Considering how expensive and drawn-out tender processes can be to solve problems that might be very immediate, it's little wonder that the Victorian Police IT department tried to work the tender exemptions system.
Keeping track of the cheques and (bank) balances in government IT is a big job -- fortunately, when we asked Suzanne Tindal if she could take up the challenge, she said "Yes I Can."
Suzanne Tindal cut her teeth at ZDNet.com.au as the site's telecommunications reporter, a role that saw her break some of the biggest stories associated with the National Broadband Network process. She then turned her attention to all matters in government and corporate ICT circles. Now she's taking on the whole gamut as news editor for the site.
Considering the circumstances the Australian Taxation Office's (ATO) Change Program has been operating in over the last few years, it really hasn't been going too badly.
It's all very well to roll-out technology, but if you don't force your employees to use it, it's just another piece of expensive equipment that takes up office space.
Microsoft is going to be given a beating over the next year or so by government agencies wanting to adopt Windows 7 at bargain basement prices. But it will enjoy each gentle slap.
There's something to be said for the Japanese philosophy of Kaizen — an idea of continually improving business via small changes — something that unfortunately doesn't seem to glean many votes or impress punters.
I wasn't surprised when I heard about the uproar up in Queensland over a proposed government model for hiring contractors. Sure, it seemed to take the industry by storm and they're peeved, but there's definitely an underlying issue here that something needs to be done about — an issue which has made itself into a monster on the sly.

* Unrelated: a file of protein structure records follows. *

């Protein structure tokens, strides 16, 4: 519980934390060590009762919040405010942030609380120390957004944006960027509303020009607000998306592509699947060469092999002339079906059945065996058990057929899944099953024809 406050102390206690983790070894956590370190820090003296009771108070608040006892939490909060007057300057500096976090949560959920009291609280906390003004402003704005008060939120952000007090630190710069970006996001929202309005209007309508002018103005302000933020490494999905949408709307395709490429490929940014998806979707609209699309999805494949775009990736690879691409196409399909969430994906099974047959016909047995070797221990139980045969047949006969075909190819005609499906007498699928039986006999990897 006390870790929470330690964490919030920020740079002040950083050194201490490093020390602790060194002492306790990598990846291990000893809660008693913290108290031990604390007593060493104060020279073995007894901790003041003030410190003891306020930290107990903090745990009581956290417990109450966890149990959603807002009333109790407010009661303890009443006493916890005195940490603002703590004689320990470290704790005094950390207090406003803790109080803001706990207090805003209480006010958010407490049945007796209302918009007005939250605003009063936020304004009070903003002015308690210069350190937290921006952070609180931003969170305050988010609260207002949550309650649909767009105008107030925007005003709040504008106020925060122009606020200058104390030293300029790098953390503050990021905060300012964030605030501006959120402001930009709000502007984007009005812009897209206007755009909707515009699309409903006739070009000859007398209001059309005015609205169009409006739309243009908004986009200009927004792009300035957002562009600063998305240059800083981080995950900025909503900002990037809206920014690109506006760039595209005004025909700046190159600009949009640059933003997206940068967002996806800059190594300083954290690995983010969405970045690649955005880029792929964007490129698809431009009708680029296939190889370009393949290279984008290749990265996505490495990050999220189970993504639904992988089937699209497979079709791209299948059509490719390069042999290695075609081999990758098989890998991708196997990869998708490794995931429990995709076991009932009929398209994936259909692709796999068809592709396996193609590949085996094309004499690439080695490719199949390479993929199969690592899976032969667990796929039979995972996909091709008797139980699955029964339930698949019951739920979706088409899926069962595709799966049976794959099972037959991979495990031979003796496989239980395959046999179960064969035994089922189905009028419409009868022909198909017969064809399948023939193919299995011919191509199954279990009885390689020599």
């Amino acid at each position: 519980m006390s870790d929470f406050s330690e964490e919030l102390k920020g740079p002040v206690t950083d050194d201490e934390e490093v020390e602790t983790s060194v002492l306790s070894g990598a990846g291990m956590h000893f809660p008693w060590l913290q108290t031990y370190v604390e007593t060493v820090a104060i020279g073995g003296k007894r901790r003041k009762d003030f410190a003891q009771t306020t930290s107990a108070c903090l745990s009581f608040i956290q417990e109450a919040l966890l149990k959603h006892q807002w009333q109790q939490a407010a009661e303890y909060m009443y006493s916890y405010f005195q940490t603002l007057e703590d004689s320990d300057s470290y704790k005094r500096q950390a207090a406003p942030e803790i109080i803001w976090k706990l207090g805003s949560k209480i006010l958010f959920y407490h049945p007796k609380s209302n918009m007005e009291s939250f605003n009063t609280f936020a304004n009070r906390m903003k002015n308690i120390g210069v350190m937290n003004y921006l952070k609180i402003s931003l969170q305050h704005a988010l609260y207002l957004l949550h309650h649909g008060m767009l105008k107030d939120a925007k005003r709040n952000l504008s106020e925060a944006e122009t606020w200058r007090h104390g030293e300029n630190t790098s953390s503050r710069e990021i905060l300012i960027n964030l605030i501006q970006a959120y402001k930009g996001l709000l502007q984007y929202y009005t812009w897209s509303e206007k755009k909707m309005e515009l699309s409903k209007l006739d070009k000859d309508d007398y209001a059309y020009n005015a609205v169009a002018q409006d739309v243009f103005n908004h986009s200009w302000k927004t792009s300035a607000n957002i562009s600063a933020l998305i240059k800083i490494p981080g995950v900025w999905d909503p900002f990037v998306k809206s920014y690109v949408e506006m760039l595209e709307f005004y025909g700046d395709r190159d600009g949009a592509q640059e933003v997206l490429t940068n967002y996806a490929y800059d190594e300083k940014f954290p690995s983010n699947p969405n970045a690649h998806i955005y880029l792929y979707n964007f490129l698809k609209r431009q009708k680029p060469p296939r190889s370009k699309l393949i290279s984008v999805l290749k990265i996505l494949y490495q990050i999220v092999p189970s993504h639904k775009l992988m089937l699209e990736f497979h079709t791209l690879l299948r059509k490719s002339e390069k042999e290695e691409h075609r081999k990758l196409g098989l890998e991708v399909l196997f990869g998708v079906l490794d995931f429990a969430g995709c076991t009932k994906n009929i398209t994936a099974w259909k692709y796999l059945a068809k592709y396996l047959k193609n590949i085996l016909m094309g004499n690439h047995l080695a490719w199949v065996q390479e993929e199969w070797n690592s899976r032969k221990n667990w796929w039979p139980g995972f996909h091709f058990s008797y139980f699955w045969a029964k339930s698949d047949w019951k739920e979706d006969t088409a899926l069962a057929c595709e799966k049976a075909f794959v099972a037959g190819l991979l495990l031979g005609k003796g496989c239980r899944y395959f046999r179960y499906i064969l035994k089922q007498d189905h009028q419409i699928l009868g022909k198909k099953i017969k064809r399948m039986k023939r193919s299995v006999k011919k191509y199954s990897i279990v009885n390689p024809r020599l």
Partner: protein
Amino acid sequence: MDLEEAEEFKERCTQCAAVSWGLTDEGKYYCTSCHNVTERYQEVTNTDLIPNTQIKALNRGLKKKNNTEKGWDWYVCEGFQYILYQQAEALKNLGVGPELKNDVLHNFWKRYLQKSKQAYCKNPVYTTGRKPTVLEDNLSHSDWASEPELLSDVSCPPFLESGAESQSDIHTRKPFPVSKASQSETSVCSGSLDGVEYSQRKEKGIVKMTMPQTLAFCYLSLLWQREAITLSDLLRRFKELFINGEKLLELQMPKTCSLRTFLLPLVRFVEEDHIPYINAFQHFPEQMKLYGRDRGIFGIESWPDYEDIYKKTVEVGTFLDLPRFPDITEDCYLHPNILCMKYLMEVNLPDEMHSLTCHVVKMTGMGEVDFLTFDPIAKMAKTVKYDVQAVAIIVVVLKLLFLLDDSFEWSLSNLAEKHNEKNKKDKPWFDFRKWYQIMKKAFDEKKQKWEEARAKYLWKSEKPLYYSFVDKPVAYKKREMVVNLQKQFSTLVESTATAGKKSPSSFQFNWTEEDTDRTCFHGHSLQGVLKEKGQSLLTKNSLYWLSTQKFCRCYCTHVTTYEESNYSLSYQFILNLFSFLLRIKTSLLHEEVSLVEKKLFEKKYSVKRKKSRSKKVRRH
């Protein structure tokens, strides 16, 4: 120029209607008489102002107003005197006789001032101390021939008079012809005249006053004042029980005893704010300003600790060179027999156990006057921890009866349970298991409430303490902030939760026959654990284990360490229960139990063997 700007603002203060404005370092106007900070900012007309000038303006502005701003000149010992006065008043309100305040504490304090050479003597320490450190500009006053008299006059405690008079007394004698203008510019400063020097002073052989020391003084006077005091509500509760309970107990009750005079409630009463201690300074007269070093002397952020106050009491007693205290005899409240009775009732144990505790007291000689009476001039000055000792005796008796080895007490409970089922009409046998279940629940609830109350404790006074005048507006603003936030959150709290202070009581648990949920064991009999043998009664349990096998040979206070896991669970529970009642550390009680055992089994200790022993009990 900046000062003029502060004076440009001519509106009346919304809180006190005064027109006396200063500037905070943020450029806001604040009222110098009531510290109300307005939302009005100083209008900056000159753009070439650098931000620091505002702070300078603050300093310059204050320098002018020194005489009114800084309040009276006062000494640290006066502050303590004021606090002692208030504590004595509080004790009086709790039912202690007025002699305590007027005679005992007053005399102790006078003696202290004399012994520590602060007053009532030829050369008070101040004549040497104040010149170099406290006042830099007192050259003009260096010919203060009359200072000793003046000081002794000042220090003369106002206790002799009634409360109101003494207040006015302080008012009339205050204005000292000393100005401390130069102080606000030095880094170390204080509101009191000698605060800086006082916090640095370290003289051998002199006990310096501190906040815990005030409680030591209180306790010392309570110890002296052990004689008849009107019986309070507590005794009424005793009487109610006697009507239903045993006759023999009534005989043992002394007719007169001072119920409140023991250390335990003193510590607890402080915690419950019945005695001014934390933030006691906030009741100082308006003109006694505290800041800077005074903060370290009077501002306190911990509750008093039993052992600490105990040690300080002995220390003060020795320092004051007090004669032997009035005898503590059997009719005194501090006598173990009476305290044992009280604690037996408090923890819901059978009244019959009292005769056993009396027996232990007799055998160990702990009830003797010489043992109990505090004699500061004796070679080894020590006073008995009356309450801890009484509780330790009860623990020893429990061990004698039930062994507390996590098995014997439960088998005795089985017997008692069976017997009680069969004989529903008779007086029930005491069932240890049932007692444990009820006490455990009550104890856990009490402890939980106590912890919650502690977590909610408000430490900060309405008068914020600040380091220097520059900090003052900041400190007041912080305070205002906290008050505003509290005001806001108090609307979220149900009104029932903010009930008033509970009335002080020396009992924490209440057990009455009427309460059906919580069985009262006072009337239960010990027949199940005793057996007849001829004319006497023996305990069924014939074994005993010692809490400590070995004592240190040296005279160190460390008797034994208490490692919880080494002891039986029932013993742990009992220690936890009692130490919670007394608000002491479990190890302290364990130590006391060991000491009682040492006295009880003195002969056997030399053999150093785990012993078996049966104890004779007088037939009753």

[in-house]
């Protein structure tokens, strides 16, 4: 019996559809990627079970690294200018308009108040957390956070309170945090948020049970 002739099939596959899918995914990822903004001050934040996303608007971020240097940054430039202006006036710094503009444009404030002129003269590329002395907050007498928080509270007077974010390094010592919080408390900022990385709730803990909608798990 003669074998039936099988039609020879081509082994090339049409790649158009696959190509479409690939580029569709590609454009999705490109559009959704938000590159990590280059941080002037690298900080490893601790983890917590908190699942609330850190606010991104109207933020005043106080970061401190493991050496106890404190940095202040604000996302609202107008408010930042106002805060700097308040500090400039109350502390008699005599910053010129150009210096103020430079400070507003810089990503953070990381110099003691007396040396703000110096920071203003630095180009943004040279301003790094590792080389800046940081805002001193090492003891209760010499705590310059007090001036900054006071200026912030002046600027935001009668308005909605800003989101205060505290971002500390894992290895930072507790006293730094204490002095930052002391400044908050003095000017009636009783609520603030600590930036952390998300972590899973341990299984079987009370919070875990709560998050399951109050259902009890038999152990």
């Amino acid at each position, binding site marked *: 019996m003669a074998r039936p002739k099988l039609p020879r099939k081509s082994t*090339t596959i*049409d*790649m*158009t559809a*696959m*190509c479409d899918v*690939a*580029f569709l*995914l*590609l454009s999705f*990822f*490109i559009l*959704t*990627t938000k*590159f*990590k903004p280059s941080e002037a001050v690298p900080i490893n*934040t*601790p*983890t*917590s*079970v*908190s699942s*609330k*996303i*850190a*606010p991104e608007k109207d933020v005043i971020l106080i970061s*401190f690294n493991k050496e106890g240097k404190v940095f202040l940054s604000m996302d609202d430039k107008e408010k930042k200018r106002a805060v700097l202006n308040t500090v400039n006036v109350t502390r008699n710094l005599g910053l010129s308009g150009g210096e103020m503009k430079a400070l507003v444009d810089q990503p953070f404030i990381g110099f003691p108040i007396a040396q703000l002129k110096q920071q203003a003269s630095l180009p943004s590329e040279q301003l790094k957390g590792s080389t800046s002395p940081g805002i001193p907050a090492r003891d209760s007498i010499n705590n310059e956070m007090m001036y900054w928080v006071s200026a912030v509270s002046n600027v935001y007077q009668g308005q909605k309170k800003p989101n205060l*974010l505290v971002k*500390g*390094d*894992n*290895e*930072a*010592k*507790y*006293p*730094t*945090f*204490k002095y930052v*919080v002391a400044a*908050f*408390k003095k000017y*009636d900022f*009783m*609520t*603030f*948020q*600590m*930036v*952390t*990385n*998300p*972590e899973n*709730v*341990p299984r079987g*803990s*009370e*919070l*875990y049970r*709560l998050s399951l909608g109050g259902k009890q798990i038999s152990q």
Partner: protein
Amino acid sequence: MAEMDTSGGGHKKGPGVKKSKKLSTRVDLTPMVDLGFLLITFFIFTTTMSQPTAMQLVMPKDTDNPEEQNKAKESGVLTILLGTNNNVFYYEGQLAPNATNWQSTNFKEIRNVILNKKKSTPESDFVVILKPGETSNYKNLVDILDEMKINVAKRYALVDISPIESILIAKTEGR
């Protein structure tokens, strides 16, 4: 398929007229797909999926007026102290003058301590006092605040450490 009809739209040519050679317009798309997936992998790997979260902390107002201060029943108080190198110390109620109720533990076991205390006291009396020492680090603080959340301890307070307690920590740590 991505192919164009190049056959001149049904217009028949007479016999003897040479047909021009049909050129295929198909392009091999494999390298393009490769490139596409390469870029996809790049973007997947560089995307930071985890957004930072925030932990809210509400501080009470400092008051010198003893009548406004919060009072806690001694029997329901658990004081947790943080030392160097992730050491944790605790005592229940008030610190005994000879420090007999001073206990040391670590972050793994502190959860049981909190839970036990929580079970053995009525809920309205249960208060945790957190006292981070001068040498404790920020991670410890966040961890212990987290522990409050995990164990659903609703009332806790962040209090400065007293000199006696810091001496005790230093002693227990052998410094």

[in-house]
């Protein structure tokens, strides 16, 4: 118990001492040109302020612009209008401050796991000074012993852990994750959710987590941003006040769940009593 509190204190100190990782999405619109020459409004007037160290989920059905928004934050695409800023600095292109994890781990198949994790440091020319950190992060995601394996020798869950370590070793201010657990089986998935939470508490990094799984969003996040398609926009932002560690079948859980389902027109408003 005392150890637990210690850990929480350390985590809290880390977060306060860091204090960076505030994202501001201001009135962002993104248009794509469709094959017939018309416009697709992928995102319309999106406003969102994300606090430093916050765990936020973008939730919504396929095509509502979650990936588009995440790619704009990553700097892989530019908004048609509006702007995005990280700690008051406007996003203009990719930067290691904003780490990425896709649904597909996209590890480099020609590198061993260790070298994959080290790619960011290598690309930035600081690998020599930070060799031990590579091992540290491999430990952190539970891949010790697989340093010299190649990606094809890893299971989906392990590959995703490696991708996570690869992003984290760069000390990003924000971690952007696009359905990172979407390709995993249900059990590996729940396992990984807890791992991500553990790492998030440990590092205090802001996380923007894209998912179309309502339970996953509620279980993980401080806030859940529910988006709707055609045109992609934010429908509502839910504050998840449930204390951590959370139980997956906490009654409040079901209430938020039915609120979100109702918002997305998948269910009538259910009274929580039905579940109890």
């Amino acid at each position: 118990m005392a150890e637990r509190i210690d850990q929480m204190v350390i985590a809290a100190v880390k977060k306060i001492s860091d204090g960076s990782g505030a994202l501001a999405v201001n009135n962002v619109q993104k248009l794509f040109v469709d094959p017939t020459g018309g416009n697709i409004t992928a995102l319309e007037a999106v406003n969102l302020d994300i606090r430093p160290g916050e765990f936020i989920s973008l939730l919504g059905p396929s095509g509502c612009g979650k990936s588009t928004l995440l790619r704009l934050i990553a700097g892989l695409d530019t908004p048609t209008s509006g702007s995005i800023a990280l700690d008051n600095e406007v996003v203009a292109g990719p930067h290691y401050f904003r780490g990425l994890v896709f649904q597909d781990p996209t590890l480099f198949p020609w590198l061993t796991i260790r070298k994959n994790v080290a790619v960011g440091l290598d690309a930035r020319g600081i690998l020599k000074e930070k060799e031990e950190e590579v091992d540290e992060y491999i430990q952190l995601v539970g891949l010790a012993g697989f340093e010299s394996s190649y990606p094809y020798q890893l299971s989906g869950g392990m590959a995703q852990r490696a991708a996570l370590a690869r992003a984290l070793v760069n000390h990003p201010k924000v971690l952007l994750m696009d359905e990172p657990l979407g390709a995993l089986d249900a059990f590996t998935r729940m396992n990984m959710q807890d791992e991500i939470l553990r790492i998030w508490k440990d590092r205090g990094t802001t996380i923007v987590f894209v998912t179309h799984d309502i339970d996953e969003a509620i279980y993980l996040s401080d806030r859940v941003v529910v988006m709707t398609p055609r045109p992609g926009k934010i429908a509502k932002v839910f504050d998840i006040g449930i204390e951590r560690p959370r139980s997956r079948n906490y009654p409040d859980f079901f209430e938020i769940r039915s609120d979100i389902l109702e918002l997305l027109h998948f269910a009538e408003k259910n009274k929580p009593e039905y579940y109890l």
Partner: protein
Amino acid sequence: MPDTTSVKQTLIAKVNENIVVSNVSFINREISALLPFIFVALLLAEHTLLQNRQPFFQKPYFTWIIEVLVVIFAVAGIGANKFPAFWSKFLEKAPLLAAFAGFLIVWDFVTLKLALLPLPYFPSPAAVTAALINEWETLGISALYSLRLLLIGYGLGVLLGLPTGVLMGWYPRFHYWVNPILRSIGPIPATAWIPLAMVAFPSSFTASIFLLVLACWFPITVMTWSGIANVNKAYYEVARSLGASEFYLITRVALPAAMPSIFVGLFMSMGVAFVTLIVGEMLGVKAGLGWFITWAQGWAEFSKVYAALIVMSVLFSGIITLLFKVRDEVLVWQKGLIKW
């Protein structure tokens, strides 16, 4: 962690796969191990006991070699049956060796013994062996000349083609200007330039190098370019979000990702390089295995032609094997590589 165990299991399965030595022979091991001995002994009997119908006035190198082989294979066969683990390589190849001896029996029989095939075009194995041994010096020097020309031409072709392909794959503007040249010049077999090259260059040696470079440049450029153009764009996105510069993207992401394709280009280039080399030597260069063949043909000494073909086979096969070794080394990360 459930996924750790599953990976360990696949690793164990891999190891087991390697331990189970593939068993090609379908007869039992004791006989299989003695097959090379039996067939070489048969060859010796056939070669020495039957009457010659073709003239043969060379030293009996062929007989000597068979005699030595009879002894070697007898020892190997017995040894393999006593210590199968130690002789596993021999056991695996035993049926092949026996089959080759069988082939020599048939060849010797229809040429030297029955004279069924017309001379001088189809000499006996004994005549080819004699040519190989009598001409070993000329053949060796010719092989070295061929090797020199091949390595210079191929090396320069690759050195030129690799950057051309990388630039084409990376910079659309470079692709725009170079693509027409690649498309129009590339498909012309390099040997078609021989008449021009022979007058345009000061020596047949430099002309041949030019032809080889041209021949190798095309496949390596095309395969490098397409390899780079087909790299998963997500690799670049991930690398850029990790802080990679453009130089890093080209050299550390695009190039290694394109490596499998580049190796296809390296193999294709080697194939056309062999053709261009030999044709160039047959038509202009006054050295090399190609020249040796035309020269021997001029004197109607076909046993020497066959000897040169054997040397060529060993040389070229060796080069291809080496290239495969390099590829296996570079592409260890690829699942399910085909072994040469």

What do you do when you want to replace men with intelligent robotsfor dangerous surveillance missions?
There will always be something more politically sexy than e-health for state governments, meaning the National E-Health Transition Authority's business case for a national electronic medical record might just sit on the shelf gathering dust forever.
With its new taskforce, the government has got straight back on the web 2.0 horse after taking a nasty fall last year with Communications Minister Stephen Conroy and Finance Minister Lindsey Tanner's blogging trial, but how long will it stay on?
As soon as one government decides to do a new project it's a good bet that others will follow suit, in the ultimate fashion obsession.
IT often promises the government much with the big pull being productivity gains and cost savings, but does the governmentthink about IT in the terms of something that will cure its ills or something which could backfire and give it process diarrhea for a decade?
Do the boards of IT companies deliberate extra carefully before making a deal with government for fear of having their name pulled through the dirt when they stuff up?